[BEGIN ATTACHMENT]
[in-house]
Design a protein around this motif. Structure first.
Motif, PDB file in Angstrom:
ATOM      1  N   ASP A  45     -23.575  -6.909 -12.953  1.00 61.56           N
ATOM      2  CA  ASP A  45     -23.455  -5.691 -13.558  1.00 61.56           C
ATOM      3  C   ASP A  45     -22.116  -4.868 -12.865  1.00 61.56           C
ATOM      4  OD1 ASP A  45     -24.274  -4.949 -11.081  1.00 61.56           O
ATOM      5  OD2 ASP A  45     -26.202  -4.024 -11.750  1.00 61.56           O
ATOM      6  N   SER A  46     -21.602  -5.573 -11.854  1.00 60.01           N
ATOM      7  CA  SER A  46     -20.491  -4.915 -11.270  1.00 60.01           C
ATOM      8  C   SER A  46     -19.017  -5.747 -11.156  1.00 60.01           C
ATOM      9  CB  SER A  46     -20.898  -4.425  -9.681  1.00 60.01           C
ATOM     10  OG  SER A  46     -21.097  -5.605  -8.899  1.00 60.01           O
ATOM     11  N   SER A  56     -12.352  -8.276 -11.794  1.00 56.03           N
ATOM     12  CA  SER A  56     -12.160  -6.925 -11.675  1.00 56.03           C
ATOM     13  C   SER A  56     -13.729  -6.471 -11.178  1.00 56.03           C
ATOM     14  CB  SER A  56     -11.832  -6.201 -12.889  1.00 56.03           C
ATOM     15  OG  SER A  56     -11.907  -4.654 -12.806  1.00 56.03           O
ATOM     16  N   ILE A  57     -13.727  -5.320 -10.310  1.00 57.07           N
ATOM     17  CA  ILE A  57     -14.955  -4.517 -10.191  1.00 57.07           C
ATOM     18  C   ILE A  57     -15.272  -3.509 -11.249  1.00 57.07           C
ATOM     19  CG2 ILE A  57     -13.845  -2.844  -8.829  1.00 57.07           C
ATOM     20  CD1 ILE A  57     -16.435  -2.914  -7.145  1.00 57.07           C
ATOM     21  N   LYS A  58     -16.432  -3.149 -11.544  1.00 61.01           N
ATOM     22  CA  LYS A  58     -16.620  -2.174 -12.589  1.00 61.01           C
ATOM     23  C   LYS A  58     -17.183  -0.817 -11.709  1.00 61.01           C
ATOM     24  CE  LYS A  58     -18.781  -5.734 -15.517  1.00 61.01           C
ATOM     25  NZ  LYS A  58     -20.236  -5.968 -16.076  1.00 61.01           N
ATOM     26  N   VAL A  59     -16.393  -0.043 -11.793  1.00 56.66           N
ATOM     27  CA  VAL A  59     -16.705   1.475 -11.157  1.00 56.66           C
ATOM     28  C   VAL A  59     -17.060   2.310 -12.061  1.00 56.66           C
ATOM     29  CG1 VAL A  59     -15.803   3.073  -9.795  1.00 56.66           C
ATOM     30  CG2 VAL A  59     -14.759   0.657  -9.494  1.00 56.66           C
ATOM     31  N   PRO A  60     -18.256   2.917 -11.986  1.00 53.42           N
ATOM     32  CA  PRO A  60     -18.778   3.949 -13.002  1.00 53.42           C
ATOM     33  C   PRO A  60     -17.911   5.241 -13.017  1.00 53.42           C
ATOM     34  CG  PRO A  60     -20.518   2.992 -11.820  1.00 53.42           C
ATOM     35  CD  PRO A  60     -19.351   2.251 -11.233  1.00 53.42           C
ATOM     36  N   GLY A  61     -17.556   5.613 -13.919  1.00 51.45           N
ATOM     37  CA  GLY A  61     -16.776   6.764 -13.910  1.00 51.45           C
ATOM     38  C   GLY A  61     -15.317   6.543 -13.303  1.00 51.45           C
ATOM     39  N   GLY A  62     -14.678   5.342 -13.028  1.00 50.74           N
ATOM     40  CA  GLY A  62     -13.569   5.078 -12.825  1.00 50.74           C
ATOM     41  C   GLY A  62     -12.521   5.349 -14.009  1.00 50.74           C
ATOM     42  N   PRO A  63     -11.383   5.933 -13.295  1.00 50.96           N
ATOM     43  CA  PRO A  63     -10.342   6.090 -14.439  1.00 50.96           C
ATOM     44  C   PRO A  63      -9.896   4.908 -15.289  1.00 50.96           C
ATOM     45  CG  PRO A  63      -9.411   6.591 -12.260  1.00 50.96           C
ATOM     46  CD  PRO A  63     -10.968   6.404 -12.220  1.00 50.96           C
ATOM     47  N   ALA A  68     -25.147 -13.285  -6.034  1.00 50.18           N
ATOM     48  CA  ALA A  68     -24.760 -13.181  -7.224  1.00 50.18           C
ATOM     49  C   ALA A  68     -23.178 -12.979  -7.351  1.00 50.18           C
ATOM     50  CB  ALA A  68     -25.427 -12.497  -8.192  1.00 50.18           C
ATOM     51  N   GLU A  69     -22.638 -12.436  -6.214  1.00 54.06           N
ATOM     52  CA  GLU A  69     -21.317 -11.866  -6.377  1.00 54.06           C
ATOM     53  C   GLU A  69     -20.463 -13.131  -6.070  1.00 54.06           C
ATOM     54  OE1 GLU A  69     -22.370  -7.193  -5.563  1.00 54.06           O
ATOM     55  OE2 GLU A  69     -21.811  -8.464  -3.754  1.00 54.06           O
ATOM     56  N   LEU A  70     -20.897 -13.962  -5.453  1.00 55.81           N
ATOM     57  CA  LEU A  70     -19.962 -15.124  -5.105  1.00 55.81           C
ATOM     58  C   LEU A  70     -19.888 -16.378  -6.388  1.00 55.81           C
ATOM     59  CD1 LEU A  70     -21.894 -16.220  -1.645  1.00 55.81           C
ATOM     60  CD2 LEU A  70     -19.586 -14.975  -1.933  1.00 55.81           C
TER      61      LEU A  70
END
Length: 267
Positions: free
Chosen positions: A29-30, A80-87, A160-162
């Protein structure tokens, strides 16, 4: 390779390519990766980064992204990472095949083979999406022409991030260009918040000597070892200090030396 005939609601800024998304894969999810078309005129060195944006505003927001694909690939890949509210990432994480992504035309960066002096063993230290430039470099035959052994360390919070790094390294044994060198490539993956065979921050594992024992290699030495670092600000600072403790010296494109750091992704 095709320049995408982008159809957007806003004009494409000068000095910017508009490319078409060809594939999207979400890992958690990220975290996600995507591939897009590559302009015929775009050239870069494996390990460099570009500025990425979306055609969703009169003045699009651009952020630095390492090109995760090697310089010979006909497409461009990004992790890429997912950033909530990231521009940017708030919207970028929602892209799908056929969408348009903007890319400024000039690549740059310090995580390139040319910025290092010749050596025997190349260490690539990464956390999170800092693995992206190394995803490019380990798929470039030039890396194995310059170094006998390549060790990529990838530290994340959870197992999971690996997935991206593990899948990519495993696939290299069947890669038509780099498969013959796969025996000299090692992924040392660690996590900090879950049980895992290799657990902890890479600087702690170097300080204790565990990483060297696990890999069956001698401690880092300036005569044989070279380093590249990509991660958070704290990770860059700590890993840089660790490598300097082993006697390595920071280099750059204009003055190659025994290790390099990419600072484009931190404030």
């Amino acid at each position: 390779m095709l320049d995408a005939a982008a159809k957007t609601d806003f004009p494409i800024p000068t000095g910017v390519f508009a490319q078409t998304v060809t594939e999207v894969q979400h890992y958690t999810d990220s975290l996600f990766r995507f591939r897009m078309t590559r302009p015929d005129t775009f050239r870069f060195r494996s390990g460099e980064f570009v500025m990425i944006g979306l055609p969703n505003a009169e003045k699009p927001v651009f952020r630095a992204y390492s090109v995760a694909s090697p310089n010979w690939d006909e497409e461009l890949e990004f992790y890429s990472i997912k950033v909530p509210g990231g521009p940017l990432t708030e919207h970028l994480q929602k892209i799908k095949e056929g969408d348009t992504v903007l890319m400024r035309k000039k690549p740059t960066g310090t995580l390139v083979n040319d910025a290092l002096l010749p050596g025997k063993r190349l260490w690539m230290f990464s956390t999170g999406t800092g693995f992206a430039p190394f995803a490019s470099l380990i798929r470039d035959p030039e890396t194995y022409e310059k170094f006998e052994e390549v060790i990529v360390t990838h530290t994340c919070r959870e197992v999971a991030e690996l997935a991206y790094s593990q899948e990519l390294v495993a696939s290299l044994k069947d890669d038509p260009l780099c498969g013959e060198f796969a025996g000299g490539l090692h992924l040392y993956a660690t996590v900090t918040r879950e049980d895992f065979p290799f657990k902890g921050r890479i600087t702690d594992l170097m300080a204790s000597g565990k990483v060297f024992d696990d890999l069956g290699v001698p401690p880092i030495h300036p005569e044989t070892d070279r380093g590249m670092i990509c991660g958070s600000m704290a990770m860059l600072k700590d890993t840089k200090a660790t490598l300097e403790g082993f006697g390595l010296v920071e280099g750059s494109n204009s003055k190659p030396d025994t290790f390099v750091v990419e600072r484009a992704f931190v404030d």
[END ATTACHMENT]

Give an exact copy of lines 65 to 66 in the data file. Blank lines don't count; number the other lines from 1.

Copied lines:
END
Length: 267